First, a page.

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I face such great changes

Old poems

I face such great changes

Maria S. Mendes

 

I face such great changes,

what can I find safe?

Hope which is so lame,

Misfortune which remains…

 

All my long illusions beget

All these disillusionments, and let

them go, for time and years have passed 

and other concerns I’ve amassed.

Change for me is no more,

a safe pain I’ll have instead:

let in futile hope tread

those who risk what they ignore!

Bernardim Ribeiro, “Antre tamanhas mudanças”, Antologia do Cancioneiro Geral. Lisboa: Ulisseia, s/d. Translation for this website Rita Faria. 

 

This poem should not have been forgotten because it is about growing old, and that happens to the best of us. As much as one would want to hide under the cloak of a so called “optimism” or “happiness”, the absurdity of old age eventually swallows all of us whole. This is not merely about being unable to read subtitles without glasses or going to bed late and wake up the next day feeling as if you’ve been run over by a lorry – it is also about what Bernardim describes here, which is to prefer “a safe pain” to the irresponsible follies of “adventure”. Youngsters will be youngsters and shall entangle themselves in shenanigans, fine; that’s their problem, though, because life does not lie to the old poet anymore, the same poet who is now equipped to answer the questions that life itself has asked him: “what do I find safe” when I face such changes? Misfortune only, for hope is an illusion. The certainty of contents is clarified by the brevity of form, a cantigawhich is headed by a four-line motto and is prolonged by an eight-line, seven-syllable gloss. Some cantigas include ten-line glosses, but concise Bernardim has clearly felt no need to inflict further verbosity on his philosophy.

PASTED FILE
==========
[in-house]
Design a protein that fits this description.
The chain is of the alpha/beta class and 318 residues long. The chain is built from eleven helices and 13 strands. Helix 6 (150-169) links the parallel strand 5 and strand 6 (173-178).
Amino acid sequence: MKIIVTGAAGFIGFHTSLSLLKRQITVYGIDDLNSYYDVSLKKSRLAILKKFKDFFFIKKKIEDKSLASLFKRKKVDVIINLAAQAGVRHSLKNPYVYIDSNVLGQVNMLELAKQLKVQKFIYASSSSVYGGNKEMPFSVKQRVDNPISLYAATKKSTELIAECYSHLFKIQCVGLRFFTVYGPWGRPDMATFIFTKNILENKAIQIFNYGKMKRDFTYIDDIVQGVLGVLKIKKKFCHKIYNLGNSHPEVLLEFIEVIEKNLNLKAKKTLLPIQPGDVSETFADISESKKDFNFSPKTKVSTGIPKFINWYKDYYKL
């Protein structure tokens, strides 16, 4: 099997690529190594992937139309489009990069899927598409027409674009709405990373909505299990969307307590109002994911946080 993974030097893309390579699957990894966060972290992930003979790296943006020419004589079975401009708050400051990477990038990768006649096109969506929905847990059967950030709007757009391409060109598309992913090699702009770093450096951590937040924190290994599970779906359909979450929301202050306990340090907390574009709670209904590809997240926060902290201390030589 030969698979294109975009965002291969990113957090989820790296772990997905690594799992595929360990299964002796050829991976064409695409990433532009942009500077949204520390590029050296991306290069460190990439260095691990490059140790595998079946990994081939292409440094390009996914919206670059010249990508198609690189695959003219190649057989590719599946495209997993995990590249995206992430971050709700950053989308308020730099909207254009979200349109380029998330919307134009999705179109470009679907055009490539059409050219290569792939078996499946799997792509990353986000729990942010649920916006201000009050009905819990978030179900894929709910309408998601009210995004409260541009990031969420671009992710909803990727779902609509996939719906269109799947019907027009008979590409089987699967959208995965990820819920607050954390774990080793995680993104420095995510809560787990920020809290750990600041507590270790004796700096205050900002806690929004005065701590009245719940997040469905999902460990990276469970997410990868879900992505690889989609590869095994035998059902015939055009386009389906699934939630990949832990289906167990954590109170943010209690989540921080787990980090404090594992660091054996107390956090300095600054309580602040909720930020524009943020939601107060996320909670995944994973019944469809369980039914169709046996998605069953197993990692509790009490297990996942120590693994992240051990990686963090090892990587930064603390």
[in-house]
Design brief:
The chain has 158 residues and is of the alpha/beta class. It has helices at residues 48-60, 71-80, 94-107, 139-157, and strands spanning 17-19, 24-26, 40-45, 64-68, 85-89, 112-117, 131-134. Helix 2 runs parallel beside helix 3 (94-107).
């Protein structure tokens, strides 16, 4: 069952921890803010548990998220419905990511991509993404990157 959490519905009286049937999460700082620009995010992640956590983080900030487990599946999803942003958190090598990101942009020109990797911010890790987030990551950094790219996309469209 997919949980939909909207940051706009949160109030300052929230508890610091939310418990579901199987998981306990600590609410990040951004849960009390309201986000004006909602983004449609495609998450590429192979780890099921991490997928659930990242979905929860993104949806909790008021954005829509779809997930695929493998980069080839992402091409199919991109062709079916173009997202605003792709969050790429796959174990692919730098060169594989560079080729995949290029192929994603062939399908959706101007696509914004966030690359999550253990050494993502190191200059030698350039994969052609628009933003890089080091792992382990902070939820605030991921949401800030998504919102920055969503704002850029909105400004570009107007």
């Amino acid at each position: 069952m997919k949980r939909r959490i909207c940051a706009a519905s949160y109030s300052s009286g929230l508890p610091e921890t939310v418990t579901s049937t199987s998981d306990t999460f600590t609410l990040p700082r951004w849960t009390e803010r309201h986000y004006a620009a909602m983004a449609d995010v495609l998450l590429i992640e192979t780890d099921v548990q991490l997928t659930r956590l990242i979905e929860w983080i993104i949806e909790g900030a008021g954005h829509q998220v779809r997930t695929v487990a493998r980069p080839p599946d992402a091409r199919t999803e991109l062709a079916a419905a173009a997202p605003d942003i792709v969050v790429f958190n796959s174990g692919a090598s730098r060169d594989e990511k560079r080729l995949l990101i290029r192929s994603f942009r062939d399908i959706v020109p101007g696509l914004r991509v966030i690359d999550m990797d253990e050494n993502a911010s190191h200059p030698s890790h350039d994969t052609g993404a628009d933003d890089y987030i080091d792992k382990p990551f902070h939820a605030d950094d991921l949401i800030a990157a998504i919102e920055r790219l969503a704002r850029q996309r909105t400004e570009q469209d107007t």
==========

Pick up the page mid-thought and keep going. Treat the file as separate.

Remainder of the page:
Because it is about old age, the poem is also about the aforementioned youth. An interesting opposition is drawn between the poet, “disillusioned”, wide-awake, who has amassed “other concerns” due to the passing of “time and years”, and those who “risk what they ignore” due to their “lame hope”. The poet seems to almost despise such irresponsibility due to the indifference he affects – other people can do what they wish for I don’t care; I’ve got other concerns, namely the pleonasm “time and years”, which impose a “safe pain” and cause a certain mental torment.

Like in other poems by Bernardim, this particular one unfolds a poet who lives by and for himself, concerned with his own issues only, and in that process he verbalises a human and humanistic consciousness, instead of simply retrenching into a self-serving, egocentric discourse of very little interest. The minds of men, of any man, are the centre of the universe, for the world changes but the mind stays. Nothing happens outside of it and nothing can happen outside of it to the extent that, one hundred years later, Descartes will make the very existence of God dependent on the amply known statement cogito, ergo sum. To think that Bernardim, old, wise, impatient and indifferent, already knew about this…

As far as the topic of growing old is concerned, there is another poem I believe to be quite useful and which goes “I grow old, I shall wear the bottoms of my trousers rolled”. This is what happens when you reach an age in which certain things cannot possibly bother you – neither rolled trouser bottoms, nor the change of time, nor misfortune, as Bernardim points out. Young people have so much to risk – and so much to lose. Not the old. There is indeed a country for them.

Rita Faria


Rita Faria is a professor at the Catholic University of Portugal. She doesn’t know how to do anything else apart from reading and writing and wants to do nothing else apart from reading and writing. Besides this, she enjoys horror films, vampires, ghosts and zombies in general and thinks the Portuguese language is the most fun in the whole world.